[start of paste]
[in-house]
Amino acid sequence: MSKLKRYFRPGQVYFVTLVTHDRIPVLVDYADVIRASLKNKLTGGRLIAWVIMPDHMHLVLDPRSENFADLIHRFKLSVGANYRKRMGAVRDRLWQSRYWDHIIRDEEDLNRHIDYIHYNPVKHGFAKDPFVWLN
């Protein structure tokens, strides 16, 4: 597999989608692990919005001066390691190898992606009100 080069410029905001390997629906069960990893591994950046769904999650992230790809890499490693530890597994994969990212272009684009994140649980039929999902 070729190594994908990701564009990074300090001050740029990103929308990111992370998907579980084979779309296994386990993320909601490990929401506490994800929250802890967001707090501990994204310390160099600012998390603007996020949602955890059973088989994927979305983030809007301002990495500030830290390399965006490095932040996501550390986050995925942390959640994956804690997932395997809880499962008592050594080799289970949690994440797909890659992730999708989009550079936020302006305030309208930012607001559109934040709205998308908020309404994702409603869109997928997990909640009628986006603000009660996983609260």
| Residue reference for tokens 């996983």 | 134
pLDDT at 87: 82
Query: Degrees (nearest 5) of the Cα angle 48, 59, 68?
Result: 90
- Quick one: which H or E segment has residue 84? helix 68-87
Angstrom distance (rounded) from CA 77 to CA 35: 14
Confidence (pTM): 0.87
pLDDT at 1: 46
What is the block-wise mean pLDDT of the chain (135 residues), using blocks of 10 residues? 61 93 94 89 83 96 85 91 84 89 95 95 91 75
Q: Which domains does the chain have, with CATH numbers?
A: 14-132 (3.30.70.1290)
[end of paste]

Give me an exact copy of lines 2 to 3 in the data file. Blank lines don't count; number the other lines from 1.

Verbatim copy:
Amino acid sequence: MSKLKRYFRPGQVYFVTLVTHDRIPVLVDYADVIRASLKNKLTGGRLIAWVIMPDHMHLVLDPRSENFADLIHRFKLSVGANYRKRMGAVRDRLWQSRYWDHIIRDEEDLNRHIDYIHYNPVKHGFAKDPFVWLN
């Protein structure tokens, strides 16, 4: 597999989608692990919005001066390691190898992606009100 080069410029905001390997629906069960990893591994950046769904999650992230790809890499490693530890597994994969990212272009684009994140649980039929999902 070729190594994908990701564009990074300090001050740029990103929308990111992370998907579980084979779309296994386990993320909601490990929401506490994800929250802890967001707090501990994204310390160099600012998390603007996020949602955890059973088989994927979305983030809007301002990495500030830290390399965006490095932040996501550390986050995925942390959640994956804690997932395997809880499962008592050594080799289970949690994440797909890659992730999708989009550079936020302006305030309208930012607001559109934040709205998308908020309404994702409603869109997928997990909640009628986006603000009660996983609260």